Conan Four Vehicle Model Kit Set
Review by Modcineaste
Conan Four Vehicle Model Kit Set
Hayao Miyazaki’s Conan, The Boy in Future AKA Future Boy Conan was not only one of the first cornerstones for Miyazaki’s animation style but has always been one of my favorite anime TV series. Many of the themes used in Future Boy Conan would later be used again in Nausicaa, Laputa: Island in The Sky, Spirited Away, Princess Mononoke, and Howl’s Moving Castle. These anime feature films can all trace their beginnings and details to Future Boy Conan.
Future Boy Conan first aired on the NHK TV network in Japan on TV in 1978. It made up of 26 episodes and was produced by Nippon Animation. The staff for FBC was a one-two-three animation power punch of Hayao Miyazaki (Director, characters designs and storyboards) Isao Takahata (assistant director and storyboards) and Yoshiyuki Tomino (storyboards).
The show featured a young boy of 11 named Conan who, along with his grandfather, are believed to be the last living humans after a nuclear holocaust instigated by giant bombers called Giganto. Huge fleets of Gigantos drop nuclear bombs across Earth which resulted with the oceans flooding out all of civilization. Young Conan has superhuman strength and appears that he could run, lift or throw anything but also has a kind and innocent heart and enjoys just being a kid. One afternoon after hunting shark with his wooden spear a young girl Lana washes ashore on their small deserted island. Grandpa and Conan learn that people have survived but they are enslaved on an Island called Industria.
Future Boy Conan is pure Miyzaki. The giant apocalyptic aircraft Giganto, to Lana’s ability to talk to animals, strong female leads and antagonist, and ecological message, FBC needs to be seen if you are a Miyazaki fan. FBC did air in Los Angles in the late 1980’s on local Spanish Television, which is where I used to watch it every Sunday afternoon. Conan and Lana resemble Pazu and Sheeta from Laputa so much that I had thought that Conan was the TV series version of Laputa. Conan and Lana were the prototypes for Sheeta and Pazu as Miyazaki is known for treating his characters like actors and “casting” them throughout his films over the years.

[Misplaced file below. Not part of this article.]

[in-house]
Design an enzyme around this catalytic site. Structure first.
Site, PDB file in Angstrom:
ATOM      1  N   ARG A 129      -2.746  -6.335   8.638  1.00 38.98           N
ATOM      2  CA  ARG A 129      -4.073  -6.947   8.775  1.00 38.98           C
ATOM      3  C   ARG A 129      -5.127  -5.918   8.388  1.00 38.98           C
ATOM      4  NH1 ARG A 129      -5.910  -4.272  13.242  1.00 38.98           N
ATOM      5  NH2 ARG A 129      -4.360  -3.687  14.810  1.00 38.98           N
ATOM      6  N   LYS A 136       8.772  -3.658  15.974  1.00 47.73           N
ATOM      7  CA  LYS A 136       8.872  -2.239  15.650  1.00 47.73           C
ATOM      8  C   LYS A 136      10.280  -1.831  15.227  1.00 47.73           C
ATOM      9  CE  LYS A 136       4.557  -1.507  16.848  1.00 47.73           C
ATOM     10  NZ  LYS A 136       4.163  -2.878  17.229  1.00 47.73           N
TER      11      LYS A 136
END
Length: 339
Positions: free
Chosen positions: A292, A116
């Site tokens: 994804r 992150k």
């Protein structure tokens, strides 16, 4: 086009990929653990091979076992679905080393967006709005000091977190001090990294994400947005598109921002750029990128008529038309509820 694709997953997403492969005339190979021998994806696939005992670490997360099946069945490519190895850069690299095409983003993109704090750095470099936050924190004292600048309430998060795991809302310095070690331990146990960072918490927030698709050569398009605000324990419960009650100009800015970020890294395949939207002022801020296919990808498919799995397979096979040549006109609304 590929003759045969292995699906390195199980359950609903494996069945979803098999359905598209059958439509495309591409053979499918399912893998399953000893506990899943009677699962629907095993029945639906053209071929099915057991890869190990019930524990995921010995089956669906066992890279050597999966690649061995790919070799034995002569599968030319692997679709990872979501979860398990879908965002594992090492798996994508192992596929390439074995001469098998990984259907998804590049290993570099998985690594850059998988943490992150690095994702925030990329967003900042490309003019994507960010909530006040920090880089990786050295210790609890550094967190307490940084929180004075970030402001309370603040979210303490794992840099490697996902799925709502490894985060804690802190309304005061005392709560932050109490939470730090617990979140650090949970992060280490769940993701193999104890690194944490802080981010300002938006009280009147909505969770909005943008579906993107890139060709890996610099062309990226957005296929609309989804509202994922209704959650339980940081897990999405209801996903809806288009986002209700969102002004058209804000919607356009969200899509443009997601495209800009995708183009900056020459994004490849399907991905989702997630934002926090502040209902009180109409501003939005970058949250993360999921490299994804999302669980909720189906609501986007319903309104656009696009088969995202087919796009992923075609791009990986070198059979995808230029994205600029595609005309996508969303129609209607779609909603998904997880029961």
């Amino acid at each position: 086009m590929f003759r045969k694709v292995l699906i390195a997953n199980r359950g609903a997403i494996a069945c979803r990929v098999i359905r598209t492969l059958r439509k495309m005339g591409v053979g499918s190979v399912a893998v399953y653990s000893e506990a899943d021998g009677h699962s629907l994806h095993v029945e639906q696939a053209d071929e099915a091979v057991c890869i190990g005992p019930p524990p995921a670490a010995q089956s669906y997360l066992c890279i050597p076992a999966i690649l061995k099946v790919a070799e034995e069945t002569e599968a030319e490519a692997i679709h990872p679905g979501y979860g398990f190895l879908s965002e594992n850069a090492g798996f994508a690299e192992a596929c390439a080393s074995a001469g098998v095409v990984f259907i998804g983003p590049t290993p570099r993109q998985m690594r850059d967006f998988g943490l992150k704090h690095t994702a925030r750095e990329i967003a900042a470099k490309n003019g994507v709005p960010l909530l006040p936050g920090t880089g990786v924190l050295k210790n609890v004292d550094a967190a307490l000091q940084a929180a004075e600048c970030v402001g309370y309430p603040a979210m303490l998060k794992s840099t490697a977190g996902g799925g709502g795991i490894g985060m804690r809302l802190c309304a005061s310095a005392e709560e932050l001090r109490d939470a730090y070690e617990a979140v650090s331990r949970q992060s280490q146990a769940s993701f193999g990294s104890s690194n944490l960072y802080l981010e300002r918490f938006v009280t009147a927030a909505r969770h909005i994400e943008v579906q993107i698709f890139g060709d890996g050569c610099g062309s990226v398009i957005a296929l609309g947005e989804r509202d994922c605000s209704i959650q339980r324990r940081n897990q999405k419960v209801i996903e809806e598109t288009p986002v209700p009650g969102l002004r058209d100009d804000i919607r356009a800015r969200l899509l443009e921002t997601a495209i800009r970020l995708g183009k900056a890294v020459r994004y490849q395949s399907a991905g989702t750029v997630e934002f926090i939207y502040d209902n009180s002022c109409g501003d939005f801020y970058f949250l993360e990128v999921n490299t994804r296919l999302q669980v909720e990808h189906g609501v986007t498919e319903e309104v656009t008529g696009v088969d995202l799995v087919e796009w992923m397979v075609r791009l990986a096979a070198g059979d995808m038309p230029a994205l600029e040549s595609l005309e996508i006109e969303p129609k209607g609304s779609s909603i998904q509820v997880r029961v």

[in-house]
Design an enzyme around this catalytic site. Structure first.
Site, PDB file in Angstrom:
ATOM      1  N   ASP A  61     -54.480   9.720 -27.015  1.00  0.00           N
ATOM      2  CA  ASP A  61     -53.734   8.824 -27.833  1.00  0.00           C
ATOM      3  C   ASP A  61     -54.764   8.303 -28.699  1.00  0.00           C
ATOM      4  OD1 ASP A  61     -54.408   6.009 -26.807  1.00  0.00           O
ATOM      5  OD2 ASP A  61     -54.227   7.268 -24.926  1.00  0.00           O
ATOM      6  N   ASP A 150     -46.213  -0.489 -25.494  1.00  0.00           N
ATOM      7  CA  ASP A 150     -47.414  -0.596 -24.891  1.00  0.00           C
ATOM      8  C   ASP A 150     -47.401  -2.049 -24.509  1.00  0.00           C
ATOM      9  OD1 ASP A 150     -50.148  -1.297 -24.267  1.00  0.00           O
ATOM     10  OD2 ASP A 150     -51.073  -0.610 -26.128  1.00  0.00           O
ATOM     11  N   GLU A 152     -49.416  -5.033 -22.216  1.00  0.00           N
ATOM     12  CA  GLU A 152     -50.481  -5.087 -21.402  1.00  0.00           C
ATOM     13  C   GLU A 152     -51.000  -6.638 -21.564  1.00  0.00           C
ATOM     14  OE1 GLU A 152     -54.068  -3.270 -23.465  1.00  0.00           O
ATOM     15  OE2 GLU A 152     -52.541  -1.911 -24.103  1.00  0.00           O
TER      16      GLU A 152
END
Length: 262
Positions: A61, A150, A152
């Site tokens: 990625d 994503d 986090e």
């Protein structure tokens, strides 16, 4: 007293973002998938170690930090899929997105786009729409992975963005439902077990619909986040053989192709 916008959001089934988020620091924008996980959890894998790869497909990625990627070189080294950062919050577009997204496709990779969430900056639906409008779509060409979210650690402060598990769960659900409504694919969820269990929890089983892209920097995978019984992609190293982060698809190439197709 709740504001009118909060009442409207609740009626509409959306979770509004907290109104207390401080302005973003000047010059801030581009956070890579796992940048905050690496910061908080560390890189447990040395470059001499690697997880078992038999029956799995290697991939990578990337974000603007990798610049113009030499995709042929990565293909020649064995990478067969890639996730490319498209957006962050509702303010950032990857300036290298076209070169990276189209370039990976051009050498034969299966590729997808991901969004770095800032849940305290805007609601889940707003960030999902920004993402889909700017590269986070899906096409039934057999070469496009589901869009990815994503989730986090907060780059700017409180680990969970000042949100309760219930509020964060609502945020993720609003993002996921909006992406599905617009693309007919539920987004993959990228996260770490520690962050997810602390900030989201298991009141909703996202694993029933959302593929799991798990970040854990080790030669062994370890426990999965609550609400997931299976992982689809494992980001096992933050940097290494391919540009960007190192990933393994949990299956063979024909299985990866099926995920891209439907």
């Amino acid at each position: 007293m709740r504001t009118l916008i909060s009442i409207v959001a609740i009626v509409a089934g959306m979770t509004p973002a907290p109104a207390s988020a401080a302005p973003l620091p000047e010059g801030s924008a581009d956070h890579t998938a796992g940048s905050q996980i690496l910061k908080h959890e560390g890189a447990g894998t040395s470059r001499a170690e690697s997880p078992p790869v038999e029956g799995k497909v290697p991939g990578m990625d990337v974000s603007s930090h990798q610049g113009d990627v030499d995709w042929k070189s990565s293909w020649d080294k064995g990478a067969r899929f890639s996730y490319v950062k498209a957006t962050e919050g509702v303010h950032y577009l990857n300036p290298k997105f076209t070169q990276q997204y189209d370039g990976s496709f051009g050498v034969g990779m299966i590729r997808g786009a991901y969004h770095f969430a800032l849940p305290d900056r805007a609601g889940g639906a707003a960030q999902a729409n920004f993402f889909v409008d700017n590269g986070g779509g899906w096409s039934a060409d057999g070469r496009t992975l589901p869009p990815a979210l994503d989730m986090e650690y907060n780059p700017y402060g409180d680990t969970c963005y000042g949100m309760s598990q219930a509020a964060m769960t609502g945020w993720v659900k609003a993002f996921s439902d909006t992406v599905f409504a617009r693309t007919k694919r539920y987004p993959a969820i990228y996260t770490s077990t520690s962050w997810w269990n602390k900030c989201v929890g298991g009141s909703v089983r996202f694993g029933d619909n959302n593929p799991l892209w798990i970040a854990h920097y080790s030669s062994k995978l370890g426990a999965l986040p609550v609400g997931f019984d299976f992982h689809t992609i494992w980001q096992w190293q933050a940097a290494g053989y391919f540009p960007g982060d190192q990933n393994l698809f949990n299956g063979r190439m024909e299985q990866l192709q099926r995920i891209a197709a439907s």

I have always had a soft spot of Future Boy Conan and due to the availability of once rare Japanese items now available through the Internet it was great to finally discover and own some original Conan items.
Bandai’s Conan four model set features the four iconic vehicles from the Conan TV series: Falco the seaplane, the last nuclear bomber Giganto, Dyce’s pirate ship Barracuda and robot work suit Robonoido. Each of these model kits were available separately when they were originally released but as this box is dated 1980 I assume that they were later put in one package to sell off excess stock.
These model kits are not the best representations of the vehicles and are very rudimentary in design and for ease of building, a feature most likely for young children. No glue is needed to assemble the kits. They also, except for Robonoido, come with wheels to roll the assembled model kit along a flat surface or floor. Since these model kits were originally released separately I plan to review each kit separately with the original single kit box art attached. I actually bought this set for Robonoido as I plan to scratch build a larger version out of sheet styrene and plastic tubing.
Conan 4 Model Kit set is worth picking up for the hardcore Miyazaki collector but if you are looking to build screen perfect representations of Falco, Giganto, Barracuda or Robonoido this set is unfortunately not what you are most likely looking for. There were a few rare and expensive resin kits produced in the 1980’s of Future Boy Conan items but they are extremely rare to locate today. Like many 60’s and 70’s anime items, many manufactures still choose to ignore some great properties and I can only hope somebody will purchase the Conan license and produce model kits of some of Miyazaki’s finest vehicle creations from Future Boy Conan.
© 2008 Article and pictures by Leonardo Flores “Mod Cineaste” & Collection DX,
|Posted 30 September, 2008 - 22:42 by Modcineaste|